“That’s the shape of it, yes, sir.”
“You’re looking well today, Pritchard.”
“It was a twenty-four hour bug, sir. I thought I could keep it together for the op.”
“You went into a delicate recruitment op, which we’ve been planning and prepping for months, sick.”
“I was feeling off yesterday morning. I didn’t want to cancel at the last minute. It could have made us look bad.”
Frank threw the clipboard on the desk, folded his hands, and leaned across toward Gabe. “Friends cancel on friends all the time, because they’re sick. We could have changed the schedule. This week, next week, makes no difference. But you got to the pitch, and you blew it. Best case scenario, Milovic’s just worried about you. Worst case, which is likely, he knows you were trying to set him up for something, and he’s worried about us.”
“With respect, sir, I know this is bad. I’ll make it right.”
“Over a few months, during which we could have used you on other targets.”
“I know,” Gabe said. “I’m sorry. I’ve had a lot on my plate recently — ”
“A lot on your plate.” Frank’s eyebrows rose, as if he’d never heard those words in that precise combination before. “A lot on your plate. Boy, you’ve been dropping more balls than a drunk juggler. My girls have a Labrador, you know, those big dogs with the floppy ears?”
“I’m familiar with the breed, sir.”
“Now, I’ve known smart dogs in my time, and this is not one of those. When I throw a stick, she’ll run in the opposite damn direction. But my girls love their dumb dog, and because I love them, I love her too. I don’t mind that the dog can’t do what the damn thing’s bred for, because I don’t need it to. But I don’t have room for two pets in my life. Whatever unscrewed your head at Cairo Station, you’d best get it screwed back fast. I took you on because Killarney said you needed a change of venue, that you were a good officer, and I’ve seen some shades of that. But you better show me more than shades soon. There are boys dying for the chance to prove themselves here. We’re on the front lines of the Cold War. We are in the no-man’s-land.” His eyes met Gabe’s. “And the no-man’s-land is no place for someone whose head is not in the game.”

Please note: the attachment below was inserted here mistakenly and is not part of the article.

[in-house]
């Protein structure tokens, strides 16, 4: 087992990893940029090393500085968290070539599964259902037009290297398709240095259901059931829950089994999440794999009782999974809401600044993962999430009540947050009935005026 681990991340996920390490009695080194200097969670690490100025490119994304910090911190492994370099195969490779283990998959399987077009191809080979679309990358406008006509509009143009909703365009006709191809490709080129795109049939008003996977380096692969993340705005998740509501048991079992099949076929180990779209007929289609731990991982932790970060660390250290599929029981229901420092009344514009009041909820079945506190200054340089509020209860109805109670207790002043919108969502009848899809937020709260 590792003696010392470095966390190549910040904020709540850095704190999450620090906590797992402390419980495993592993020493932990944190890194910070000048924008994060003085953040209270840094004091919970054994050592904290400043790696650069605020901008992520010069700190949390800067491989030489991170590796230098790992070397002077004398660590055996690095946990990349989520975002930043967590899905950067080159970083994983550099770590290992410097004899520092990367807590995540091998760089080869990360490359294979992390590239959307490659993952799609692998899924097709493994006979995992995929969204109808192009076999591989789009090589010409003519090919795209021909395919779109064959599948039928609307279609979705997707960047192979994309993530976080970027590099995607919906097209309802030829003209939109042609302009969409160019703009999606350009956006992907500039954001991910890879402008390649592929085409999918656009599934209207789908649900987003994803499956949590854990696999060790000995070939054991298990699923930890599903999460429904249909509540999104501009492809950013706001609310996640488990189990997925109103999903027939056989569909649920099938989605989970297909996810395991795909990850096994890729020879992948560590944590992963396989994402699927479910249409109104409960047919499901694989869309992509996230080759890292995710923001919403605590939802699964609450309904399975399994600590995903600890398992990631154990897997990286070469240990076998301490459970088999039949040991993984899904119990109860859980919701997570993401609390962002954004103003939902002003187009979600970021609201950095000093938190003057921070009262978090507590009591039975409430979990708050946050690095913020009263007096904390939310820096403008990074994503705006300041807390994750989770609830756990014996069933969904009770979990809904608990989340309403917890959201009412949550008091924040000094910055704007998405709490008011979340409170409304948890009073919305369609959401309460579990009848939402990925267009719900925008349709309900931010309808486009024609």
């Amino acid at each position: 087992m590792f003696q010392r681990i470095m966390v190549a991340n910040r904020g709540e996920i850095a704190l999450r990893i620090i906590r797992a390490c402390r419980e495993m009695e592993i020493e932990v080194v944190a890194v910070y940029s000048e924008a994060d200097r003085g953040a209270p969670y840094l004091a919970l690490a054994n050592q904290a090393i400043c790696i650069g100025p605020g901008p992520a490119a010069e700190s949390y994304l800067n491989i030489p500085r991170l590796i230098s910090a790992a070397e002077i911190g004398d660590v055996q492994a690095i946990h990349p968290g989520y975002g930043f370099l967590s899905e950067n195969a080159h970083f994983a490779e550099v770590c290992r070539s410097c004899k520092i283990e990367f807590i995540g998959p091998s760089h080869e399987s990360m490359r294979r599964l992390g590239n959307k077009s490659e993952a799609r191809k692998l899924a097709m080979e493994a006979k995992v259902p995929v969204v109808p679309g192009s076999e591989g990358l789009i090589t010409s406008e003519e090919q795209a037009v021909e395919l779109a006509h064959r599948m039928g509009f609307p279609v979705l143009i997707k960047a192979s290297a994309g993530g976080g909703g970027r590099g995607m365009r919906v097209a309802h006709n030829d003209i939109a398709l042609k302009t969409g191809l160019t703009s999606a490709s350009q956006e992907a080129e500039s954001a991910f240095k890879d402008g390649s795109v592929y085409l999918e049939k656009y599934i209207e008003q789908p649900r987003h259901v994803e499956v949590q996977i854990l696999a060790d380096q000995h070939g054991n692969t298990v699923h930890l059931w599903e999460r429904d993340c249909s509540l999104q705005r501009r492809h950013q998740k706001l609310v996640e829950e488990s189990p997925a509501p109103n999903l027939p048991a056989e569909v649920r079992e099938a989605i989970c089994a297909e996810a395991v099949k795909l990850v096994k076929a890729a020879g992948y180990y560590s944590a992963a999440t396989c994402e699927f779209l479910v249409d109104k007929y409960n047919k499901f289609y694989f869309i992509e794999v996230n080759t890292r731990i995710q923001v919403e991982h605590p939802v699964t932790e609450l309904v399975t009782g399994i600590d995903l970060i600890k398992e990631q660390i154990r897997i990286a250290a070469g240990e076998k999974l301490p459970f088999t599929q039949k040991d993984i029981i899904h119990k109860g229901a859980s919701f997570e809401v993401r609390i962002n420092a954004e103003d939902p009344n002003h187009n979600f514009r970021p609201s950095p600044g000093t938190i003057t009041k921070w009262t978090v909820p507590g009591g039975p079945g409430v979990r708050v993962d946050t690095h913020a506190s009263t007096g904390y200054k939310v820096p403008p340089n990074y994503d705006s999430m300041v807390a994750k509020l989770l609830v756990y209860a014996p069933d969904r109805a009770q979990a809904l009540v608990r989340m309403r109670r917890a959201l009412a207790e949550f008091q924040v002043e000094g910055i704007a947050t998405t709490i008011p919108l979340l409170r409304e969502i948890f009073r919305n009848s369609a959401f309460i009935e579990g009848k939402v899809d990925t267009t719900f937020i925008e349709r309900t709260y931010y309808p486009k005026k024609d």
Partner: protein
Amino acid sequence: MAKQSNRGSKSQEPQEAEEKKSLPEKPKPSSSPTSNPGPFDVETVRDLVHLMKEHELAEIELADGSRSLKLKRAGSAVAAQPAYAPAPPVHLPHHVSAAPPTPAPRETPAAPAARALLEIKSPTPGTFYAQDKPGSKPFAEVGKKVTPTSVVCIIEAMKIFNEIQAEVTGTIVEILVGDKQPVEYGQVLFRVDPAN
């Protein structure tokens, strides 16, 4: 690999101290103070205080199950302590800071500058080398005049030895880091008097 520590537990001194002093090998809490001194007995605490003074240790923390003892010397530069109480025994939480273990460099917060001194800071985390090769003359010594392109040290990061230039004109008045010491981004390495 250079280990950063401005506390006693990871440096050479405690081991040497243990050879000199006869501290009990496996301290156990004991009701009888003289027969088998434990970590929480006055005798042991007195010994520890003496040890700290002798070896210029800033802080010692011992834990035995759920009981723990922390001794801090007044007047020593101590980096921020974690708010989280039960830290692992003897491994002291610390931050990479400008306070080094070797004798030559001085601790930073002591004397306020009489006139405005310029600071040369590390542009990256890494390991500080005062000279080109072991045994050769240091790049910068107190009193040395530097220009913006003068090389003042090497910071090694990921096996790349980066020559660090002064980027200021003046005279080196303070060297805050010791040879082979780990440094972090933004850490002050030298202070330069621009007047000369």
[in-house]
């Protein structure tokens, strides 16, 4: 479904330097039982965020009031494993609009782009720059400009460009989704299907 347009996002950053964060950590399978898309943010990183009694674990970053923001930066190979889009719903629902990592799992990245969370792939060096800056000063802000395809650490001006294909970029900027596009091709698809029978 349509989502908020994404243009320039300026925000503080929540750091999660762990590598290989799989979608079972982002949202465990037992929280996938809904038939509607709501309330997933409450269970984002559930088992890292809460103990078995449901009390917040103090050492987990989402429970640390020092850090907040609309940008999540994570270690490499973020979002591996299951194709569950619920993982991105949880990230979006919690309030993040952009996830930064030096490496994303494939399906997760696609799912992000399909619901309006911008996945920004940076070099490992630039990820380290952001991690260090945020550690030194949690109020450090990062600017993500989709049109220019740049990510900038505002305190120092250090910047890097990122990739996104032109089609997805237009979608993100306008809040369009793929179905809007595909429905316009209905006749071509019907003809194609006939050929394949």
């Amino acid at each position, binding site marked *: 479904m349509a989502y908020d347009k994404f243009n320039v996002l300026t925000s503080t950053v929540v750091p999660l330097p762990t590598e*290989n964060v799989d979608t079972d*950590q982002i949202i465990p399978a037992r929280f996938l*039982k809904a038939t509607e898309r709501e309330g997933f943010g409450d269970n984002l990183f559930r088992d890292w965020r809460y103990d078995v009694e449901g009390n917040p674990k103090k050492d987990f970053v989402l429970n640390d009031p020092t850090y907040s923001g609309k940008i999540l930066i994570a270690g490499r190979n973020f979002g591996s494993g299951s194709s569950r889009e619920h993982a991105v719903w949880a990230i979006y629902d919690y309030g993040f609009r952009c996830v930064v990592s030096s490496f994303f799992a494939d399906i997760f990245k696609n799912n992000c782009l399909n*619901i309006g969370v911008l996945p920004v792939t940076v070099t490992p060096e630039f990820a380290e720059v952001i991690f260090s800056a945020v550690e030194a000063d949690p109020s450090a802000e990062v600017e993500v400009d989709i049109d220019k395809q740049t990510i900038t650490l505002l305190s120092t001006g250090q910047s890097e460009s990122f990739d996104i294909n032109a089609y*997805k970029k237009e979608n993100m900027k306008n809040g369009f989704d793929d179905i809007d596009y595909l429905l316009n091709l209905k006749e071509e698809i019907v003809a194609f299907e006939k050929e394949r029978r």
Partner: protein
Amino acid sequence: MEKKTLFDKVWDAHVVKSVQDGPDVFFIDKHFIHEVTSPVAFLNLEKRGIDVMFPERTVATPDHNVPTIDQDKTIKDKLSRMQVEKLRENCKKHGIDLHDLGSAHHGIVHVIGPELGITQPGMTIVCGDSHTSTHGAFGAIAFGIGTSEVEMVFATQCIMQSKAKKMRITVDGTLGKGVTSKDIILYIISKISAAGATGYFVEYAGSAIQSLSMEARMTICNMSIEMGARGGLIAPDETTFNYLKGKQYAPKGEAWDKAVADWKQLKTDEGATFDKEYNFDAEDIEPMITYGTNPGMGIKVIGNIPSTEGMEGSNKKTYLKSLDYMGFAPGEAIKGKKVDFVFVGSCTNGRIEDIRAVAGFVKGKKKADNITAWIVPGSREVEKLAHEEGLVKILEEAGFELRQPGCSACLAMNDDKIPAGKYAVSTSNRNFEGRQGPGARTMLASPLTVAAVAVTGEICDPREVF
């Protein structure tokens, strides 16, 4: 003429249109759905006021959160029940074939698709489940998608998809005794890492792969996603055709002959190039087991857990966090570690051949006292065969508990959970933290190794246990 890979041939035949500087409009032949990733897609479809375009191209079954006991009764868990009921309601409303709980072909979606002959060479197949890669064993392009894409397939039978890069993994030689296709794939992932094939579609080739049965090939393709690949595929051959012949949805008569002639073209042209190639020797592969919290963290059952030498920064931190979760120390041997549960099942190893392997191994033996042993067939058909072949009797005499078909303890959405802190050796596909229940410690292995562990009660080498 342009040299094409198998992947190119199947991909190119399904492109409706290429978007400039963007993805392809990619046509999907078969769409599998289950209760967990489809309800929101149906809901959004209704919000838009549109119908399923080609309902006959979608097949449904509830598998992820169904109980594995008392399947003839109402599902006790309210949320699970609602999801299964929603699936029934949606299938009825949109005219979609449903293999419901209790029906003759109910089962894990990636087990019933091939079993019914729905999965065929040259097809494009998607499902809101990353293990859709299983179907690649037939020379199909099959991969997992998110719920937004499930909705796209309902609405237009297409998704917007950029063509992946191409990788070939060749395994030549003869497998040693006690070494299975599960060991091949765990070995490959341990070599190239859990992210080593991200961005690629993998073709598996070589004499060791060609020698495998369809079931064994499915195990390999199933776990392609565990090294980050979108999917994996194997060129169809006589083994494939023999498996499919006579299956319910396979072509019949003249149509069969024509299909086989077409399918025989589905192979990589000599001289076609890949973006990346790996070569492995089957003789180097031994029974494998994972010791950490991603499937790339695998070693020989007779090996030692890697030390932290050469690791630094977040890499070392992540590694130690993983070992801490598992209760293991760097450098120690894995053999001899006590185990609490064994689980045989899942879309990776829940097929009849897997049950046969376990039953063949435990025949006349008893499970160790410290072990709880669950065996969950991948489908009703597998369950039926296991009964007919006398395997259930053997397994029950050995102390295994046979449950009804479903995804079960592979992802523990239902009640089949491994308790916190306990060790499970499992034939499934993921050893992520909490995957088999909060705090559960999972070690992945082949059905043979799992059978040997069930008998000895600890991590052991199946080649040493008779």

“I understand, sir.” Gabe’s heart beat fast, but his voice, at least, he kept level. “I’ll get it under control. I’ll do whatever it takes to land the asset.”
“Damn right you will. One more screwup, and there’s no way in hell I’m letting you touch ANCHISES next month.”
“Leave it to me, Chief.”
Frank pulled the report from the clipboard’s jaws, opened a desk drawer, and dropped the papers in a file. “Show me what you can do, Pritchard. Get this done.” Without looking, he slammed the drawer shut.
Tanya rushed through the Soviet Embassy’s hallways, sleep-crusted eyes squinted against the harsh morning sunlight. The worst sort of January day — inexcusably cold and unforgivably bright. Last night’s encounter with the Host and the construct still rattled around her thoughts. It had been a perfect pitch. She’d laid out precisely why the Flame posed a danger, and why the girl needed the Ice to keep her safe. But it had been too much to swallow, Tanya feared. The girl needed time to regain her footing.
And then there’d been all the paperwork for the Ice afterward, prepping the report, picking through the construct’s pieces for clues . . . And, of course, strategizing how they’d explain to their superiors that they hadn’t persuaded the Host (Andula, her name is Andula) to turn herself over to Ice protection.
But the girl would come in from the cold, Tanya told herself. They always did, once they saw just how determined the Flame was. Just how cruel their methods.
None of it mattered, though, the moment she walked through these corridors. Here, she was the KaGeBeznik Andula had accused her of being; when she was here, there was no room in her mind for anything else to matter. Her grandfather had pulled countless puppet strings to land her this prestigious assignment in Prague, the sort of post every ambitious officer’s school graduate would happily claw her eyes out for, and she couldn’t show one ounce of weakness.
We need you in Prague, he’d said. It’s vital to our success.
She’d just laughed. For the Ice? Or for the Party?
He hadn’t answered her for a long time; the tightness around his eyes had begun to frighten her. He’d always been that rarest of breeds — the unserious Soviet. The carefree true believer. Both, if you can, he’d said, finally. But in this, you must put the Ice first.
She hadn’t believed him then. Still didn’t want to now.
Tanya shoved open the door to the concrete rezidentura vault, buried like a tainted piece of evidence in the embassy’s basement.